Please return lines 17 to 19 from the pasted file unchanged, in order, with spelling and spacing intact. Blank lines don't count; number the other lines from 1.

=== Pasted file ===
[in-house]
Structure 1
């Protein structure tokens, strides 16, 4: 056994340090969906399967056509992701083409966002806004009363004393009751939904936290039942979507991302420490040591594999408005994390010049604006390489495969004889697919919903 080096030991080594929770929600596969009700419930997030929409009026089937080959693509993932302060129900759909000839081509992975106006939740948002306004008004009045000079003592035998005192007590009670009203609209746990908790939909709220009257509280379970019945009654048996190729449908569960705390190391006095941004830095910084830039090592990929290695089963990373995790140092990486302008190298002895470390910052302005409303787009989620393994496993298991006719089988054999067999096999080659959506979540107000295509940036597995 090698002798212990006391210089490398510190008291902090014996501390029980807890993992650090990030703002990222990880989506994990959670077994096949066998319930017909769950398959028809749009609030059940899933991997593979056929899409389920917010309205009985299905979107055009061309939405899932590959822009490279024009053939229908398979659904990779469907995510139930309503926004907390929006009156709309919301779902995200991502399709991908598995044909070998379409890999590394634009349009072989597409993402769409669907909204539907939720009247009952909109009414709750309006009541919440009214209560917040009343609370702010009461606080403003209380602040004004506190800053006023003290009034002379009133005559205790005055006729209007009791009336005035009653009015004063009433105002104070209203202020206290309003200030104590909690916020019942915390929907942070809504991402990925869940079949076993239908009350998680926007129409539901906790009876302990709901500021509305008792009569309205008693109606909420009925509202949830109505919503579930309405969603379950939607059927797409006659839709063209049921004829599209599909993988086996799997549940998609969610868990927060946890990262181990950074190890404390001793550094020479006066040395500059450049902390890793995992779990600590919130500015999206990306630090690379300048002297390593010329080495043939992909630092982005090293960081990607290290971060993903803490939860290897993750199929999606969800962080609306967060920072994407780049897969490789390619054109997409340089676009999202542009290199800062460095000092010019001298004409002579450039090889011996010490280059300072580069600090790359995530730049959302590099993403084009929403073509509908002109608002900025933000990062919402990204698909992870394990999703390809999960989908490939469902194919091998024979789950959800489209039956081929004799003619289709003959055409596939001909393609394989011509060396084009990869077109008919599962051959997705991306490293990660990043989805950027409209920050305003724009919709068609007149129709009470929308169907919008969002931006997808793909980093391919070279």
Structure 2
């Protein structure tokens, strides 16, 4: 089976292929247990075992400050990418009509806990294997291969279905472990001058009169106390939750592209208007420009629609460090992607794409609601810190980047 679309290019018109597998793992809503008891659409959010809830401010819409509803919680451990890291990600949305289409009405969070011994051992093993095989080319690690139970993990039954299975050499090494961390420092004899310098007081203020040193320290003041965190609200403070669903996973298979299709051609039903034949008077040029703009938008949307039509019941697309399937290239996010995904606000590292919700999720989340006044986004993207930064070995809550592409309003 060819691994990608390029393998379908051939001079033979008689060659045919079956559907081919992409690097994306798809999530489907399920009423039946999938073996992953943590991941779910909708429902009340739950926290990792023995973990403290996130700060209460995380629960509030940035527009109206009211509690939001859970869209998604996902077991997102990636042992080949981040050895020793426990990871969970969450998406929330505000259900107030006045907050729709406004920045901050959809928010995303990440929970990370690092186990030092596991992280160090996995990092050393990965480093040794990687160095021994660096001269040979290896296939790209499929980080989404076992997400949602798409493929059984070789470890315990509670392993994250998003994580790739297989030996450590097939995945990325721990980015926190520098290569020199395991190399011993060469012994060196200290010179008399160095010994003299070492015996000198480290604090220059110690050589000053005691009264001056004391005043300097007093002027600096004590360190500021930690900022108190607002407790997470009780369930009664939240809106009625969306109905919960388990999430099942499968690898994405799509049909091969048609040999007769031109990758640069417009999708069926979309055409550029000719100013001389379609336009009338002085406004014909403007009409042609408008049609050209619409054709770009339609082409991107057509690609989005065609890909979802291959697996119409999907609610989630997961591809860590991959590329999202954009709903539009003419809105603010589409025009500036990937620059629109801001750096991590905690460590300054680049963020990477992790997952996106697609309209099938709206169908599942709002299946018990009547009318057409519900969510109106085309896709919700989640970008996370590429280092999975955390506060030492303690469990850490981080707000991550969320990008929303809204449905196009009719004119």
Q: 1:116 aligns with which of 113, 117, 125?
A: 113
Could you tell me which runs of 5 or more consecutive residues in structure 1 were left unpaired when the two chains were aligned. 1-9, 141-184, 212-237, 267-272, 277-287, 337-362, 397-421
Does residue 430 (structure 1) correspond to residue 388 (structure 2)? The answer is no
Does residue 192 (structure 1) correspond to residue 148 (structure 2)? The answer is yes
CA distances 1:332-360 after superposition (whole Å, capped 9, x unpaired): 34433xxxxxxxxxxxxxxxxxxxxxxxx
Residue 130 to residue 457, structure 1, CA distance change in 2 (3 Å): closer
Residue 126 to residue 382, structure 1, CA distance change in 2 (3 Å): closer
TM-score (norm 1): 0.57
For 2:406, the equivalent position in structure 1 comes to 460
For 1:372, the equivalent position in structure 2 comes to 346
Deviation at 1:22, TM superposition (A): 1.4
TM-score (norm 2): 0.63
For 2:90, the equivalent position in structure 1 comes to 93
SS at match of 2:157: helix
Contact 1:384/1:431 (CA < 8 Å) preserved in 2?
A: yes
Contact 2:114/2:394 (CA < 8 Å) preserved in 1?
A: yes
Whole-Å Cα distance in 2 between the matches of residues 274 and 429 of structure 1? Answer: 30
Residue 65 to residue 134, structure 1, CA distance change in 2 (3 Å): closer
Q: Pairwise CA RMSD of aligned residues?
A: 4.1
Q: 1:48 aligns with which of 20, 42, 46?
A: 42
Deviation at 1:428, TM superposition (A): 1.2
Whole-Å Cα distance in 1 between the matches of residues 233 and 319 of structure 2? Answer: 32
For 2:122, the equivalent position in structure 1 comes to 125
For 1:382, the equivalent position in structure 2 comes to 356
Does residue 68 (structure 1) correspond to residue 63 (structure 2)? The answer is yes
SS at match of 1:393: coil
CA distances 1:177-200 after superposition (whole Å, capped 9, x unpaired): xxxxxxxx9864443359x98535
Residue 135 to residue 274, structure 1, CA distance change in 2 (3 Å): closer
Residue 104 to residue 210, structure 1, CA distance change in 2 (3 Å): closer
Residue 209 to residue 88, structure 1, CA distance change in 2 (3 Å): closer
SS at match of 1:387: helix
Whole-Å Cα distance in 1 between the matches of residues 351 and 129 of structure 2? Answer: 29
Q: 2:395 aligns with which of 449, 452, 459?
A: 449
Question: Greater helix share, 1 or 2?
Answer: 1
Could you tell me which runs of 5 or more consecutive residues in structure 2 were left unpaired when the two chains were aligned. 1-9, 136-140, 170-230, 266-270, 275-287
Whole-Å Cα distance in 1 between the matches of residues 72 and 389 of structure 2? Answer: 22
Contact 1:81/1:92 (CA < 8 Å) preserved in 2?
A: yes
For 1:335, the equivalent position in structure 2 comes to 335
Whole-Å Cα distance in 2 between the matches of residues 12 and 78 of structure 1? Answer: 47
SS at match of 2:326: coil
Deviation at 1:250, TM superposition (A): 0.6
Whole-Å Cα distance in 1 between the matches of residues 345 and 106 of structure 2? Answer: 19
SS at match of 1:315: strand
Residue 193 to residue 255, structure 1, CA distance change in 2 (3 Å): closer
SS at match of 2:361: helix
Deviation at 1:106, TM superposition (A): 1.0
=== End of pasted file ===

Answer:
Deviation at 1:22, TM superposition (A): 1.4
TM-score (norm 2): 0.63
For 2:90, the equivalent position in structure 1 comes to 93